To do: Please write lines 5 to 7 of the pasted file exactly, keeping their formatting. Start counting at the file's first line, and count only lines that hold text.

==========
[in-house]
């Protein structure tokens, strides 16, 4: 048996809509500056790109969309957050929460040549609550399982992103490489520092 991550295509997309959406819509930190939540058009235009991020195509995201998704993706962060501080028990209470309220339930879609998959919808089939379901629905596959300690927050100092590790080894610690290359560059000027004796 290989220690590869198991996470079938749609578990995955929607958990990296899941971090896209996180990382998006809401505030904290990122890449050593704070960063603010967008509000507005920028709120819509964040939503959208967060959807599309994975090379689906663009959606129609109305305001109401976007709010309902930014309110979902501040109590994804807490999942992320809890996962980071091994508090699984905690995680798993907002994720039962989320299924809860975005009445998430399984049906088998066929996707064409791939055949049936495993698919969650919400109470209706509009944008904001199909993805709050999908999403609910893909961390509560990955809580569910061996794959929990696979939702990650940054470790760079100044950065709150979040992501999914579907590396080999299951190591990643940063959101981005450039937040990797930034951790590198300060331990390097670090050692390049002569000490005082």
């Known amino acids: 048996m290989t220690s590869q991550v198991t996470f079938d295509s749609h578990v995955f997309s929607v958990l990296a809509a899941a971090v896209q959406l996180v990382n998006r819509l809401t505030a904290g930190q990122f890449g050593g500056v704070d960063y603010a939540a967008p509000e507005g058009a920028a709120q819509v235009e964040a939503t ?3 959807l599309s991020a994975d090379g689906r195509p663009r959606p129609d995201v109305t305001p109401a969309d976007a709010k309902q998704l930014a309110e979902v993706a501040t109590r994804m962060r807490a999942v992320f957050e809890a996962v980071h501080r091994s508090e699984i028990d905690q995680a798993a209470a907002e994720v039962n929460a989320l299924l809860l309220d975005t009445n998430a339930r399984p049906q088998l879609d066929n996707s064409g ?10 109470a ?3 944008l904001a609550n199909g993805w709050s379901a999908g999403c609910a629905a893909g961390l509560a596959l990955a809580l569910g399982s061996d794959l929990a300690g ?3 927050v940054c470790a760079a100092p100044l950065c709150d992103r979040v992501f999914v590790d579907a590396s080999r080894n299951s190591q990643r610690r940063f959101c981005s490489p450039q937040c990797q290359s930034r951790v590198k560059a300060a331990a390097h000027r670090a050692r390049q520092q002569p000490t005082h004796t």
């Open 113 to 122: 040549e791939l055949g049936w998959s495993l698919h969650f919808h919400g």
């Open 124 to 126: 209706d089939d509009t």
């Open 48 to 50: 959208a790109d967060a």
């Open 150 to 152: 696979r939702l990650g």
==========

């Open 124 to 126: 209706d089939d509009t």
């Open 48 to 50: 959208a790109d967060a």
């Open 150 to 152: 696979r939702l990650g």